This manages to be smug and naïve at the same time. And totally ahistoric. His basic conclusion is “government should do its job.” Super.
Why isn’t that happening now? Because the fossil fuel industry has our government, our economy, our culture by the balls.
What can we do? Well, he’s right, ultimately we need assertive public policy. And we need to press relentlessly for the key pieces that are within executive reach – CO2 regs on existing power plants, and an end to government actions – like Keystone permits – that facilitate long-term investments that make the problem unsolvable. And of course we are. And of course we have been, for decades. And we’re getting killed.
Plausible near-term government action is not remotely enough. We need to wrest power back. This often seems impossible, because our economy and our lifestyles are designed to feed the beast at every turn. But the flip side of that realization is that every turn is an opportunity to take a little of our power back, and reduce theirs.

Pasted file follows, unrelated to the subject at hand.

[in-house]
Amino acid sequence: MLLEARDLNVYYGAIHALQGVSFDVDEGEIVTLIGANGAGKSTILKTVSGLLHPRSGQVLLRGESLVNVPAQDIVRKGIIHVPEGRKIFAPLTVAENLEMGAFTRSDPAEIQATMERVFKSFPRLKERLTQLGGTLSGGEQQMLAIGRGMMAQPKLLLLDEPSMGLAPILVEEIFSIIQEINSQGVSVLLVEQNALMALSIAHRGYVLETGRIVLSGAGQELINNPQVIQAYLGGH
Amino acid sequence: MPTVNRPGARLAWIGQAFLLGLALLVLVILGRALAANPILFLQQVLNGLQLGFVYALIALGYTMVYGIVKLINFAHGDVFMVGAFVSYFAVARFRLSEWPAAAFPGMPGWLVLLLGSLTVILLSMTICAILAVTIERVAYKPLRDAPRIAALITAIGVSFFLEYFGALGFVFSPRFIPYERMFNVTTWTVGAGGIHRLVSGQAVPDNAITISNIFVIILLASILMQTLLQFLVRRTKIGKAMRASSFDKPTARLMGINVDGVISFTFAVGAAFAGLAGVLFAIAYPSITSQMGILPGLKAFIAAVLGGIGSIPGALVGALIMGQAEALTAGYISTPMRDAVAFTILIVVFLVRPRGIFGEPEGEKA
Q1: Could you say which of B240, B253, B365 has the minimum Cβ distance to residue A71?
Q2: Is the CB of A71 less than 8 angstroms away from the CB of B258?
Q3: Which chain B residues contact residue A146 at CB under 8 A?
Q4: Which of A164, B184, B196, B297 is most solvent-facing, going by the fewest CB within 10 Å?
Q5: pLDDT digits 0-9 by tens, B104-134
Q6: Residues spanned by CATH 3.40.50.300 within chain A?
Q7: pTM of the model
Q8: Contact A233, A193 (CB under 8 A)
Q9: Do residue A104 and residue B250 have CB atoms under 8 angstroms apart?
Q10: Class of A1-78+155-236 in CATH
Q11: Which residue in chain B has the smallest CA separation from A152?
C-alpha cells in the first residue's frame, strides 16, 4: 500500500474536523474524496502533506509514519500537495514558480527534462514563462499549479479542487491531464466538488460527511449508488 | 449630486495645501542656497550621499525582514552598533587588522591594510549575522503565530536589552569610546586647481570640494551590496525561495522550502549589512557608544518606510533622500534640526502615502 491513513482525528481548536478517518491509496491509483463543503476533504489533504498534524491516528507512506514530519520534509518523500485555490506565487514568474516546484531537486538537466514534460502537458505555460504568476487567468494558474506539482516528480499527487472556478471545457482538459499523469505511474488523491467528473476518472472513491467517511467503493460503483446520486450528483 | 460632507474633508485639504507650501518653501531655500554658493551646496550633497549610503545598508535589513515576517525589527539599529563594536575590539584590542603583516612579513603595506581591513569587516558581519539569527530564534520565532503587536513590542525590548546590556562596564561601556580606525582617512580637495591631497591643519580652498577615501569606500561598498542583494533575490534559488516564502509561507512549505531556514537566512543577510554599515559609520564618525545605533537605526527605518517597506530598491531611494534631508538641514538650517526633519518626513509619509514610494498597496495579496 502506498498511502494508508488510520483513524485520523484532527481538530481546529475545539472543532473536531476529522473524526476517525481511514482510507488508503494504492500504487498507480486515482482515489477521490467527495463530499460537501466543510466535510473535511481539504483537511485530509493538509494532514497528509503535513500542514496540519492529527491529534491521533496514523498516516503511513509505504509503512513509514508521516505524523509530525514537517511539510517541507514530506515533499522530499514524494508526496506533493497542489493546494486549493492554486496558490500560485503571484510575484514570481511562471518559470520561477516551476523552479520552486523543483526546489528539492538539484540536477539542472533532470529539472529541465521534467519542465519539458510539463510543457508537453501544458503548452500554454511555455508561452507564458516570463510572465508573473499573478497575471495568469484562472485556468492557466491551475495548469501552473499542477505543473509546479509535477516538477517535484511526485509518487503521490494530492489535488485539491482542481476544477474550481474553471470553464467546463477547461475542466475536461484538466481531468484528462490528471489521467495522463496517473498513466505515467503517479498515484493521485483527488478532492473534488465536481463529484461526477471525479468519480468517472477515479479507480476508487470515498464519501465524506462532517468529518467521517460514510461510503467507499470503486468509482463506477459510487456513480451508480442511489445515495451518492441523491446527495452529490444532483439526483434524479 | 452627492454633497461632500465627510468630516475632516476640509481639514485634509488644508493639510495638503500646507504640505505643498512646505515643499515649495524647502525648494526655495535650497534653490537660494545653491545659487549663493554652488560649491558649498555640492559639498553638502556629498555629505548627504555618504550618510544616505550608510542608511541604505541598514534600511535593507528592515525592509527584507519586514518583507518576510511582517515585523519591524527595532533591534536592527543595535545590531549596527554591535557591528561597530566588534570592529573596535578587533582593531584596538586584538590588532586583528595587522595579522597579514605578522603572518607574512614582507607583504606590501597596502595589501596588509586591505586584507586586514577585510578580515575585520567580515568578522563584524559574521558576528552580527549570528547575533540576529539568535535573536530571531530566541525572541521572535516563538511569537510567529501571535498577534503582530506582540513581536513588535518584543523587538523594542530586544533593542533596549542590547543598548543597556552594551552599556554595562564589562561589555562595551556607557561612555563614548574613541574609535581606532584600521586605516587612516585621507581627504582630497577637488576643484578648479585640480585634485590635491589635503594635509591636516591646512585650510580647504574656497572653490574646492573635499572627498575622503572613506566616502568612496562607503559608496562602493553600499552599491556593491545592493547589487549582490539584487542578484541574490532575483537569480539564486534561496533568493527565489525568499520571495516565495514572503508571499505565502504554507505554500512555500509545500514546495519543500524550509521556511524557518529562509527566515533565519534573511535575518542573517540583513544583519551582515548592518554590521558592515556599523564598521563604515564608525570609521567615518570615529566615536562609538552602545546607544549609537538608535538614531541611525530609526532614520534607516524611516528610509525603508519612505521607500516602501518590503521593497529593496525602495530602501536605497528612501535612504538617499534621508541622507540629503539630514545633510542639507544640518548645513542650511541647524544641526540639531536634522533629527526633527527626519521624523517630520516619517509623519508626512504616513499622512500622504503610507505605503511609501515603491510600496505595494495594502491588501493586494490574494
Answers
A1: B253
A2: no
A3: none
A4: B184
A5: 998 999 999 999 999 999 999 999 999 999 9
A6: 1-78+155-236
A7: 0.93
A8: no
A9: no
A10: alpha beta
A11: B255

OF FREAKING-COURSE we should address demand. We can do it in our lifestyles. We can do it in state policy, like energy codes. We can do it in community design. We can do it in how we eat. We can do it with our feet. Every damned day. And it’s not just a futile act of individual environmental responsibility. It’s waging freedom.
AND we can stop owning – literally OWNING – this nightmare by divesting. That’s waging freedom too. How much direct damage will we inflict on the industry’s bottom line this way? I don’t know. But we will take back our money and our souls. We’ll draw a line in the sand and make ourselves and others look hard at which side we are on. We’ll make a statement. We’ll activate young people. Those young people will challenge us – most of us alums of these institutions – to choose which side of the line to be on. We will build a stage on which to play out this moral drama, since our legislative bodies have ceased to be such a stage, corrupted as they are by Big Fossil’s money.